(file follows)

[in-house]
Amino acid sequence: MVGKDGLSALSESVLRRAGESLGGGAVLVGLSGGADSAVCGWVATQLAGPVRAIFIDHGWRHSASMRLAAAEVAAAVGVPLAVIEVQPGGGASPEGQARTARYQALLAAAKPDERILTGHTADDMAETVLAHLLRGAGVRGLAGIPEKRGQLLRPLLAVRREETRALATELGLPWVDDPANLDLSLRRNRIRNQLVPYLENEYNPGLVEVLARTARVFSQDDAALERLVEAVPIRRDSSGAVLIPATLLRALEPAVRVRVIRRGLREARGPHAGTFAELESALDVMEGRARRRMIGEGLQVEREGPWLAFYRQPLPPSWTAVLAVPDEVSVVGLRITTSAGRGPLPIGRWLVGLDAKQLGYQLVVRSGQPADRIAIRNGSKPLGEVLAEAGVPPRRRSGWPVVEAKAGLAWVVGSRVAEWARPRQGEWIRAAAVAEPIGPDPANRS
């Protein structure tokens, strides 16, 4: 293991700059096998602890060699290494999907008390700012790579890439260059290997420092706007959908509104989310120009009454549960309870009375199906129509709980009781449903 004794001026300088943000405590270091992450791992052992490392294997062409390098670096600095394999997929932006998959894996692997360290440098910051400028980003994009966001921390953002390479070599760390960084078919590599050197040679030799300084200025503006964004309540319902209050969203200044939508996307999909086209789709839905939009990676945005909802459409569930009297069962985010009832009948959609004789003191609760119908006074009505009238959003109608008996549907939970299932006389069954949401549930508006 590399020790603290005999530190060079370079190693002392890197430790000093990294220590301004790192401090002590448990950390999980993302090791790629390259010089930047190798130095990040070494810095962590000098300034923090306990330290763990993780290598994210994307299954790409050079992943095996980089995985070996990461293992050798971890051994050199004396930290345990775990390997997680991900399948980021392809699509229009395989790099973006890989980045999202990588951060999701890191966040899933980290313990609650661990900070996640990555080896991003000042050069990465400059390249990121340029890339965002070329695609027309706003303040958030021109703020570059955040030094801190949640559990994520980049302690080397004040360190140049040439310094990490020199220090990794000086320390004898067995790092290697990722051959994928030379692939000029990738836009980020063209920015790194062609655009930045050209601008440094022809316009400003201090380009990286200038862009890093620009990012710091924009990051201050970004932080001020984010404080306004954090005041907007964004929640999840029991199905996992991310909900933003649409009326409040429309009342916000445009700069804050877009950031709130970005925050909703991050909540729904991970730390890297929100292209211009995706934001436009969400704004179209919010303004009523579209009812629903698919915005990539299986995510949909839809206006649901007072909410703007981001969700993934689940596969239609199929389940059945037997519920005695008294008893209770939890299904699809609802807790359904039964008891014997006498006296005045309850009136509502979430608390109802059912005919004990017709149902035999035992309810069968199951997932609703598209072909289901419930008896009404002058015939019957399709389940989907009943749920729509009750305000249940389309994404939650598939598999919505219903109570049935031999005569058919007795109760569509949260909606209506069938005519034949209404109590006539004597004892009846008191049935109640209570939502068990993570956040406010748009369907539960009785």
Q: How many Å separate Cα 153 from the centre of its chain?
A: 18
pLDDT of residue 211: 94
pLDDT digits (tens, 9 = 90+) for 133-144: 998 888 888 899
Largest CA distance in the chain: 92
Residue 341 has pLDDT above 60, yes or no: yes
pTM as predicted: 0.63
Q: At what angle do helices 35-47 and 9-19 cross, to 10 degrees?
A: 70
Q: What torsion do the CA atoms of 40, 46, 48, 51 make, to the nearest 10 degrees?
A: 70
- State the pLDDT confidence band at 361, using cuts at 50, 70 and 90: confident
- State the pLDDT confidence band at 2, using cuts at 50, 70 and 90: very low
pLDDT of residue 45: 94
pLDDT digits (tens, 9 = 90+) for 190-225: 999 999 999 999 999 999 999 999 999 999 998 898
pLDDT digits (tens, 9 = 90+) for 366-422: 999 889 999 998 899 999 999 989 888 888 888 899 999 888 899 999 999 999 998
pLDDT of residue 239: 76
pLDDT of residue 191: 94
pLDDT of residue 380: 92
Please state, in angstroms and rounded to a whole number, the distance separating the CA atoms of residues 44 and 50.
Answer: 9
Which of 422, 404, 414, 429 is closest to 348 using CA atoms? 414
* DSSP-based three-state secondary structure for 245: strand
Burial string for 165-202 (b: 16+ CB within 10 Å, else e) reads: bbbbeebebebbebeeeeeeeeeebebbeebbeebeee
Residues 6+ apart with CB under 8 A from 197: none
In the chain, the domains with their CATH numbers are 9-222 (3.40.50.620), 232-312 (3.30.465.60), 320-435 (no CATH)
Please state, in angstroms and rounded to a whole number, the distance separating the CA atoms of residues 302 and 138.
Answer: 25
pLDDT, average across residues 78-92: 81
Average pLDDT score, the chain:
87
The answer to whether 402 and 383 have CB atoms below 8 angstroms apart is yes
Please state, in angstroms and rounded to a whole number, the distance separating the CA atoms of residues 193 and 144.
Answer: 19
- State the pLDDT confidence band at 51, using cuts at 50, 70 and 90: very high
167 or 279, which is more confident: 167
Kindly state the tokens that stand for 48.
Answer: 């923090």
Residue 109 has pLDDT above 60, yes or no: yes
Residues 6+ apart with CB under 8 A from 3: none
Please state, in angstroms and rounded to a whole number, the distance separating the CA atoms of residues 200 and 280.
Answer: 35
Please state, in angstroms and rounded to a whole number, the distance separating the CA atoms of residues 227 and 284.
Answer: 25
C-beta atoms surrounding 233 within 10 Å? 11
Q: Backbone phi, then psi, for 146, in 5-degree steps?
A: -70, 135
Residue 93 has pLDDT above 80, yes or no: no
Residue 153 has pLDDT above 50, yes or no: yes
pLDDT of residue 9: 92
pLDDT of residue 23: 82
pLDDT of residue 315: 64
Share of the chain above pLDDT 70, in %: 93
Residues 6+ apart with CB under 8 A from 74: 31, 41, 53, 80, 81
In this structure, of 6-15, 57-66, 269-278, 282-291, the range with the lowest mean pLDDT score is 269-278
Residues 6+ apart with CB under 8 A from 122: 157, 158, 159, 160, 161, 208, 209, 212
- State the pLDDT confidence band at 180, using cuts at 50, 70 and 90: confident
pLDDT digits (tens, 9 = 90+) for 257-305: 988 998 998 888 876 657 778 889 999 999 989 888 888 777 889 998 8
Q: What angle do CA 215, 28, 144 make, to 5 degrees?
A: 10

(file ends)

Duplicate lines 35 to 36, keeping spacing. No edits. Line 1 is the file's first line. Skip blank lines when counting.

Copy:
The answer to whether 402 and 383 have CB atoms below 8 angstroms apart is yes
Please state, in angstroms and rounded to a whole number, the distance separating the CA atoms of residues 193 and 144.